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Regular use of the Pap test followed by appropriate and timely treatment reduces deaths from cervical cancer. Women who have never been screened or who have not been screened in the past five years face a greater risk of developing invasive cervical cancer.
Percentage of women aged 18 years and older who reported they had a Pap test within the past three years.
Trends – Rising slightly from 1987 until 2000, then falling slightly until 2010 for whites and blacks. Stable for Hispanics from 1987 to 2010 and from 2001 to 2007 for California Asians (not graphed, 2007 is most recent year for which data are collected).
In 2010, 74 percent of women aged 18 and older had a Pap test within the past 3 years. This includes 72 percent of Hispanics, 77 percent of blacks, and 75 percent of whites. These rates were down for all women (from 81 percent in 2000), for blacks (from 84 percent in 2000), and for whites (82 percent in 2000). Among Asian women interviewed in California, 71 percent had a Pap test in 2005 (compared with 73 percent in 2005 and 74 percent in 2003).
The Healthy People 2020 target was to increase to 90 percent the proportion of women aged 18 and older who have received a Pap test within the past 3 years. The 2010 target was not met. The overall rate was 77 percent in 2008 and 75 percent in 2010. The Healthy People 2020 target modified the age groups for Pap testing to include women aged 21 to 65 years. The 2020 baseline for women 21 to 65 is 84.5 percent. The target is a 10 percent improvement to 93 percent in 2020.
In terms of social determinants of health, between 1998 and 2010, Pap test rates were consistently lower for women living in households with incomes at less than 200 percent of the federal poverty level. There was a consistent education gradient, with women less who had earned than a high school diploma least likely to report a Pap test, women with a high school diploma in the middle, and women with more than a high school education most likely to report being screened.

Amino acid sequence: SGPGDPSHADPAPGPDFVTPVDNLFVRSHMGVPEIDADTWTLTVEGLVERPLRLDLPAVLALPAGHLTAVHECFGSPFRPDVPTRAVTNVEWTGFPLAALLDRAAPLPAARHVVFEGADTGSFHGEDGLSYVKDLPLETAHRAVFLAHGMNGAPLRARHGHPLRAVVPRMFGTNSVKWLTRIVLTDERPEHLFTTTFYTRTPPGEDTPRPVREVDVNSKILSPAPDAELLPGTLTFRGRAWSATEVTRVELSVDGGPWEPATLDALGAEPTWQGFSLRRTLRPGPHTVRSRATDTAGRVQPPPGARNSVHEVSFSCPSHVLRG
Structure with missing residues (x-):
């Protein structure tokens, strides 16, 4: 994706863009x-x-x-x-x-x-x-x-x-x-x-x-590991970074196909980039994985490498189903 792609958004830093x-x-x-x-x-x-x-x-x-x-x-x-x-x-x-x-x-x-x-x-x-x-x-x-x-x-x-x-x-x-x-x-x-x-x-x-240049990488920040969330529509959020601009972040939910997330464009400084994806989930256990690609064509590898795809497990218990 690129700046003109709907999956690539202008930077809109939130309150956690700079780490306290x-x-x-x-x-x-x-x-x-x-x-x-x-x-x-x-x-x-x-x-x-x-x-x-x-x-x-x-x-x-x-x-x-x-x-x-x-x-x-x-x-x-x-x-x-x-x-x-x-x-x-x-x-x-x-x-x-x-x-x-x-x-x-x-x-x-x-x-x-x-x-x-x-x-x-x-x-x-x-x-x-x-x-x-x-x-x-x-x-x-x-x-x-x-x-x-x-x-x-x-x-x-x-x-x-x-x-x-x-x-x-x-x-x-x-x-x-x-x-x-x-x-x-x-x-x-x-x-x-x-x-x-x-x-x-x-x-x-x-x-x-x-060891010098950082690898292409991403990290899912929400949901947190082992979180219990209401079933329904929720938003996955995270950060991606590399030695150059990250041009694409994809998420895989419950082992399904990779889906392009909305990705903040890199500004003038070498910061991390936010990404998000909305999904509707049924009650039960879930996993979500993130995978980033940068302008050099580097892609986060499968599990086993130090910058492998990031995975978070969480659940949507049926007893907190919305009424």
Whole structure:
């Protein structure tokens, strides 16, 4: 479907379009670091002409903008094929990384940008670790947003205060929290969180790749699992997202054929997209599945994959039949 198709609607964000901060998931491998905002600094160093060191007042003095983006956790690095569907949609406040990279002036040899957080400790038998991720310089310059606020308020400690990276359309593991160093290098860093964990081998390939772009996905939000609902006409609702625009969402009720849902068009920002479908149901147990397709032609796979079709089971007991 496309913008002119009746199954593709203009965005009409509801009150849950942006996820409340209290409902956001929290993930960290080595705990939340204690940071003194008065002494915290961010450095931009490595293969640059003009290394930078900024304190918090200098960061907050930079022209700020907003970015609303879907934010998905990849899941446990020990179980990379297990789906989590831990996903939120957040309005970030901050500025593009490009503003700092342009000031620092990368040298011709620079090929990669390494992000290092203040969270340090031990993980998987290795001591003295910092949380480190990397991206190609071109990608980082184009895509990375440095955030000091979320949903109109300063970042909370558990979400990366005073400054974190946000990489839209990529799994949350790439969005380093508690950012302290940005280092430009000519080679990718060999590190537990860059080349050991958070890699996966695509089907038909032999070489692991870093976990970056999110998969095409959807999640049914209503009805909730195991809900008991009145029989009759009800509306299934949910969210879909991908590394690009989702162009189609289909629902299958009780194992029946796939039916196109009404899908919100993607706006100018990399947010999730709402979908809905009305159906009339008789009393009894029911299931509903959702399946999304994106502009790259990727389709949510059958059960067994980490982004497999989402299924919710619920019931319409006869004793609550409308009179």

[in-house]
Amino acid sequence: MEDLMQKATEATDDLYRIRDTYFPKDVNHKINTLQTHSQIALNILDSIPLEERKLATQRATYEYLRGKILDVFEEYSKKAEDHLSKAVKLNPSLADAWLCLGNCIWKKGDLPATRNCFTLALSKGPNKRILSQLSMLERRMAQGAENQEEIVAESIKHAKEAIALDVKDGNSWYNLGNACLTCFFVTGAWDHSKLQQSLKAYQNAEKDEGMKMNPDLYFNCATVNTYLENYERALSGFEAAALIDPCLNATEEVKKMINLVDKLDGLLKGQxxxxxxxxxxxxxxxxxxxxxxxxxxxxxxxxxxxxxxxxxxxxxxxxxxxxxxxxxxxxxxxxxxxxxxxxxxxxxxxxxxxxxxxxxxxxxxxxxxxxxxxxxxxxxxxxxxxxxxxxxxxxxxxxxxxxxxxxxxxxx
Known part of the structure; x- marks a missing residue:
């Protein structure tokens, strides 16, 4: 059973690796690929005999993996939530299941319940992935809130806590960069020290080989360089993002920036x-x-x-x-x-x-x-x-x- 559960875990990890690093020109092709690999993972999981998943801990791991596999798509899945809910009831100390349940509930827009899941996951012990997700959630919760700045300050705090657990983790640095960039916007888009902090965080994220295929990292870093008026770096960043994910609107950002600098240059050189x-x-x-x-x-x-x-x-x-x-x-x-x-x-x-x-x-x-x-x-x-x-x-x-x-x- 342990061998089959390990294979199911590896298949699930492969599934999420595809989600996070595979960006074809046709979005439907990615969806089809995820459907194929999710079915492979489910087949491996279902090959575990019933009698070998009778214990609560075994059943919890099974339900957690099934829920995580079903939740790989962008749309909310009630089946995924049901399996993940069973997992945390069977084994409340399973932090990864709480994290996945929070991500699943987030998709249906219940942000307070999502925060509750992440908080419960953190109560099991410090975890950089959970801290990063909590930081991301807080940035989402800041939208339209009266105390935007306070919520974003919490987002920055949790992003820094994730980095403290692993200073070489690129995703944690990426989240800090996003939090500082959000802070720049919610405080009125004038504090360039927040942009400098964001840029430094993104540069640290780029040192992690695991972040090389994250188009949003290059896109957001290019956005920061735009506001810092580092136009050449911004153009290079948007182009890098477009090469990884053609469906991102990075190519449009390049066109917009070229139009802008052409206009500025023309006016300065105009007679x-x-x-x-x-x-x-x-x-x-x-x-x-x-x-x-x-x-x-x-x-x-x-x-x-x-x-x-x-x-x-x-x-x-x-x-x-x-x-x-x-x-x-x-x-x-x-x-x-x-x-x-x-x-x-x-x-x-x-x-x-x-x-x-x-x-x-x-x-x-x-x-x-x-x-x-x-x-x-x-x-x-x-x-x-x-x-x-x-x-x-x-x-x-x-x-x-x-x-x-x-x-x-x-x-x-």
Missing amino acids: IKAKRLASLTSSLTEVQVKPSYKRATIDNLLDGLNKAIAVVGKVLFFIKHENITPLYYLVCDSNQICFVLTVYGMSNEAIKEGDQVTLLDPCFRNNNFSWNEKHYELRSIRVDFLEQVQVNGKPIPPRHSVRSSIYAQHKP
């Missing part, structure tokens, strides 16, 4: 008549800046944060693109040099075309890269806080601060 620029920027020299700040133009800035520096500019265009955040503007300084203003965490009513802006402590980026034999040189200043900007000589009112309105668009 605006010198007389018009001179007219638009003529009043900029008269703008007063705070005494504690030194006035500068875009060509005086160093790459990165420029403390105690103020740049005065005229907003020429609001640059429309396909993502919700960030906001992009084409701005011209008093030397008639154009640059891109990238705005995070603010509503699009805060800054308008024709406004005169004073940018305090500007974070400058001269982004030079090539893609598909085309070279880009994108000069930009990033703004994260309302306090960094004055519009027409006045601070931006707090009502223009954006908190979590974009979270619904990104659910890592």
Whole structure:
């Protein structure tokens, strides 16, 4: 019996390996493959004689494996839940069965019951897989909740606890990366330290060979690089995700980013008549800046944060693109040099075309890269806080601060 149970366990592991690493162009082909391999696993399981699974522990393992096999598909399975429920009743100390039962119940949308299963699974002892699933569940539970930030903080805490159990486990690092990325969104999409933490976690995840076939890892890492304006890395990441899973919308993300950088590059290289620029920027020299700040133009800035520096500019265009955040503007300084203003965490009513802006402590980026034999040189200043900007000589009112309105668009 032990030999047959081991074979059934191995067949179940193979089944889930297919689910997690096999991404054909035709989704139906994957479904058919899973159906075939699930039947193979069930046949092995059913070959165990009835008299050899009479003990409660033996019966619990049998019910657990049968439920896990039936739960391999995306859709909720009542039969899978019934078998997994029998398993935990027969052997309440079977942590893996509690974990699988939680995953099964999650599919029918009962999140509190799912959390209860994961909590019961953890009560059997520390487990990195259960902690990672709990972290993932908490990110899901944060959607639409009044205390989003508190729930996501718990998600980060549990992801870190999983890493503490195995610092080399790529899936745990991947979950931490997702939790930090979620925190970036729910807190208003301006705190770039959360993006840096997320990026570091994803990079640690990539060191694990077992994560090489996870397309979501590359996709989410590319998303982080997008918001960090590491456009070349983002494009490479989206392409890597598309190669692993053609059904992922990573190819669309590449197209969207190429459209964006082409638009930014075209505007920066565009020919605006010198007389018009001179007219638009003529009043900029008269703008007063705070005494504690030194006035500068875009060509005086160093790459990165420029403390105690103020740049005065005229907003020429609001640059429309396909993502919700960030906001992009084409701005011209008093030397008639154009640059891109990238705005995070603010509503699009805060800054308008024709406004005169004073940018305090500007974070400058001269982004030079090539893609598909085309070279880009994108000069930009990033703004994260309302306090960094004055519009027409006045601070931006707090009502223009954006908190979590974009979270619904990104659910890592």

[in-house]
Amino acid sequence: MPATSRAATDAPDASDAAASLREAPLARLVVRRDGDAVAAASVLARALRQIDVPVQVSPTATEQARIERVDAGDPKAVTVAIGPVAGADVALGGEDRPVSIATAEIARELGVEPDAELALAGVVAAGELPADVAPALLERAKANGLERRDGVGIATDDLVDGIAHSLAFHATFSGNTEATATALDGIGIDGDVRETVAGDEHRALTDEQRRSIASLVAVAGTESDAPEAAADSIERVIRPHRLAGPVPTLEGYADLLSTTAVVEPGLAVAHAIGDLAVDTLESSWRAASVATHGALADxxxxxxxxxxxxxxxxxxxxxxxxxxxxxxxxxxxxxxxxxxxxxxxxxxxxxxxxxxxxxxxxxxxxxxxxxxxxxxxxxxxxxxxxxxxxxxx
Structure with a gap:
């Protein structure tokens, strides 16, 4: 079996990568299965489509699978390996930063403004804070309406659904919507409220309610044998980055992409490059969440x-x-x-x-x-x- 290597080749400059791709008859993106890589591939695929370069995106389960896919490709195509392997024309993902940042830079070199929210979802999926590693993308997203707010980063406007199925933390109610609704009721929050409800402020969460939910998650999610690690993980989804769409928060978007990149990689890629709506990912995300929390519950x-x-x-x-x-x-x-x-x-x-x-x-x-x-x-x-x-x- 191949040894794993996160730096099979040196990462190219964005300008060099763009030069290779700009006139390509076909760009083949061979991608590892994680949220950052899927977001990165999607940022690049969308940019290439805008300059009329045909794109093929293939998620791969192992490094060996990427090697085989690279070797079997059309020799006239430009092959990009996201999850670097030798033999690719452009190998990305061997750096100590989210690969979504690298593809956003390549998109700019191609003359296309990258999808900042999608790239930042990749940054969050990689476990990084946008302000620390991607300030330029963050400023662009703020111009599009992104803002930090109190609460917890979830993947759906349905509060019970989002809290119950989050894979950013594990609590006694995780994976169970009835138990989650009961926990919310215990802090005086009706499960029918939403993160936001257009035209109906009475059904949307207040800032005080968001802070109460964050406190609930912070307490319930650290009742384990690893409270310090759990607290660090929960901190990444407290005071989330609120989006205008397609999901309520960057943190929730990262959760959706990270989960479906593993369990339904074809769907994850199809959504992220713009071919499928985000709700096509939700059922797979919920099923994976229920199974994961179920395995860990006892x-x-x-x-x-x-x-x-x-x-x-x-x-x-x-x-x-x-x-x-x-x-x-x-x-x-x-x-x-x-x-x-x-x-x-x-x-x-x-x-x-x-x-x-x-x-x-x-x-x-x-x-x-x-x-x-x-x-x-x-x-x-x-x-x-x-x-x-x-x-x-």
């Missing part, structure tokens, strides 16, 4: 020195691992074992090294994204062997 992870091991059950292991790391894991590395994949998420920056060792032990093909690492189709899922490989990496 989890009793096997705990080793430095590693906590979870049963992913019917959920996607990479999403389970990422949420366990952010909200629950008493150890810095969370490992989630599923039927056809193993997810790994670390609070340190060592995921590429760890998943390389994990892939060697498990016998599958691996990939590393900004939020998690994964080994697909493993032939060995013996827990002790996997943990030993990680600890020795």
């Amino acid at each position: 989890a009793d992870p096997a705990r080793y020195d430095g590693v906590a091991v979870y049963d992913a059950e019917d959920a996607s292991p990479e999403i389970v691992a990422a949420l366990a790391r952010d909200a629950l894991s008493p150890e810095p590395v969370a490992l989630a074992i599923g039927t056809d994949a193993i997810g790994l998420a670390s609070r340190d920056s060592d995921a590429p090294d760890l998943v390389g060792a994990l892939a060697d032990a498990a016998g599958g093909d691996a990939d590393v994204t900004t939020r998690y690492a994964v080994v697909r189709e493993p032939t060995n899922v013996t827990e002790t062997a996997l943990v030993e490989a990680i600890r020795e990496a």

Older, poor, and less educated women are less likely to be screened for cervical cancer. Women 35 to 84 are at greater risk than younger women of developing and dying from cervical cancer, and black women are at greater risk than white women. Women who have received the human papillomavirus vaccination (HPV) should still continue to obtain Pap tests.
Sexually active women are more likely to be exposed to the human papillomavirus (HPV) and the human immunodeficiency virus (HIV), both of which can increase the risk of developing cervical cancer. HPV testing is a promising new technique that may improve screening efforts because detection of these viruses identifies women at higher risk of cervical cancer, who then may be followed more closely.
A new HPV vaccine for cervical cancer, shown to be effective in girls not exposed to the sexually transmitted virus, was approved in 2006. By 2010, CDC estimated that 48 percent of girls ages 13 to 17 had gotten at least one dose of the HPV vaccine (Adolescent vaccination-coverage levels in the United States: 2006-2009. Stokley S, Cohn A, Dorell C, Hariri S, Yankey D, Messonnier N, Wortley PM. Pediatrics. 2011 Dec;128(6):1078-86. Epub 2011 Nov 14.)
In November 2011, the United States Preventive Services Task Force (USPSTF) released new guidelines for cervical cancer screening, which indicate women ages 21 to 65 should be routinely screened every three years. The advice is meant to decrease unnecessary testing and potentially harmful treatment, particularly in teenagers and young women. Different organizations have generated different guidelines. To see guidelines issued by various organizations, go to http://www.ahrq.gov/clinic/USpstfix.htm. The Guide to Community Preventive Services, http://www.thecommunityguide.org/index.html , is a source of information about evidence-based approaches for enhancing cancer screening.